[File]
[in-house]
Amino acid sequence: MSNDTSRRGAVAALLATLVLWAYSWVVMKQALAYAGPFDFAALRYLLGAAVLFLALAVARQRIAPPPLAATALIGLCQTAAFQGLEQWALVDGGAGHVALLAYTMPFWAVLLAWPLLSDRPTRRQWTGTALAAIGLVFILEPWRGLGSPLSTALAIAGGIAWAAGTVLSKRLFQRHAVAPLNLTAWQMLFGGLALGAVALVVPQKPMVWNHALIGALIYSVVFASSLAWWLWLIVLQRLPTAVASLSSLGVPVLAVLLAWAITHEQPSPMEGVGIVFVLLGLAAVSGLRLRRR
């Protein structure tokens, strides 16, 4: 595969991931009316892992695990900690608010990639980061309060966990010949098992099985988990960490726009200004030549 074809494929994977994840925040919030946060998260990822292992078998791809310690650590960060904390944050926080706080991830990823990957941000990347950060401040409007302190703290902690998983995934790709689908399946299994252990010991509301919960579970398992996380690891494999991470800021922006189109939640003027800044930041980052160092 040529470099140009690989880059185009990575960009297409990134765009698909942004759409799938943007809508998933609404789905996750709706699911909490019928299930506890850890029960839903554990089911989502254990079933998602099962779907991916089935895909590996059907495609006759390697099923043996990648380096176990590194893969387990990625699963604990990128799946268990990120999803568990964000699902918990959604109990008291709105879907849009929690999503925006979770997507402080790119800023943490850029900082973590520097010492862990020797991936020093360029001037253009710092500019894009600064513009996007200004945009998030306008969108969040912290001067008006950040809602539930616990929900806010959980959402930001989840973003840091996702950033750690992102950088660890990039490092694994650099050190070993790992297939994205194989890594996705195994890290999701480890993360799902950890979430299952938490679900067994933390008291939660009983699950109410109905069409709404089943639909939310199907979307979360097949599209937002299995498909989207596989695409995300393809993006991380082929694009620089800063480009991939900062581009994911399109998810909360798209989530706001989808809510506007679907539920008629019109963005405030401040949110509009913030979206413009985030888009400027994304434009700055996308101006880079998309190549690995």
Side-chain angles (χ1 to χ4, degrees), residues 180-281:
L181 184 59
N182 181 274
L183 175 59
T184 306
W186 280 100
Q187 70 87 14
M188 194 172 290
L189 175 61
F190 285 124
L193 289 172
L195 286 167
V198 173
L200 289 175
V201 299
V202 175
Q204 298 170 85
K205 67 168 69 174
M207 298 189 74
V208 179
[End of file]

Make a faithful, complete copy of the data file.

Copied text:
[in-house]
Amino acid sequence: MSNDTSRRGAVAALLATLVLWAYSWVVMKQALAYAGPFDFAALRYLLGAAVLFLALAVARQRIAPPPLAATALIGLCQTAAFQGLEQWALVDGGAGHVALLAYTMPFWAVLLAWPLLSDRPTRRQWTGTALAAIGLVFILEPWRGLGSPLSTALAIAGGIAWAAGTVLSKRLFQRHAVAPLNLTAWQMLFGGLALGAVALVVPQKPMVWNHALIGALIYSVVFASSLAWWLWLIVLQRLPTAVASLSSLGVPVLAVLLAWAITHEQPSPMEGVGIVFVLLGLAAVSGLRLRRR
């Protein structure tokens, strides 16, 4: 595969991931009316892992695990900690608010990639980061309060966990010949098992099985988990960490726009200004030549 074809494929994977994840925040919030946060998260990822292992078998791809310690650590960060904390944050926080706080991830990823990957941000990347950060401040409007302190703290902690998983995934790709689908399946299994252990010991509301919960579970398992996380690891494999991470800021922006189109939640003027800044930041980052160092 040529470099140009690989880059185009990575960009297409990134765009698909942004759409799938943007809508998933609404789905996750709706699911909490019928299930506890850890029960839903554990089911989502254990079933998602099962779907991916089935895909590996059907495609006759390697099923043996990648380096176990590194893969387990990625699963604990990128799946268990990120999803568990964000699902918990959604109990008291709105879907849009929690999503925006979770997507402080790119800023943490850029900082973590520097010492862990020797991936020093360029001037253009710092500019894009600064513009996007200004945009998030306008969108969040912290001067008006950040809602539930616990929900806010959980959402930001989840973003840091996702950033750690992102950088660890990039490092694994650099050190070993790992297939994205194989890594996705195994890290999701480890993360799902950890979430299952938490679900067994933390008291939660009983699950109410109905069409709404089943639909939310199907979307979360097949599209937002299995498909989207596989695409995300393809993006991380082929694009620089800063480009991939900062581009994911399109998810909360798209989530706001989808809510506007679907539920008629019109963005405030401040949110509009913030979206413009985030888009400027994304434009700055996308101006880079998309190549690995």
Side-chain angles (χ1 to χ4, degrees), residues 180-281:
L181 184 59
N182 181 274
L183 175 59
T184 306
W186 280 100
Q187 70 87 14
M188 194 172 290
L189 175 61
F190 285 124
L193 289 172
L195 286 167
V198 173
L200 289 175
V201 299
V202 175
Q204 298 170 85
K205 67 168 69 174
M207 298 189 74
V208 179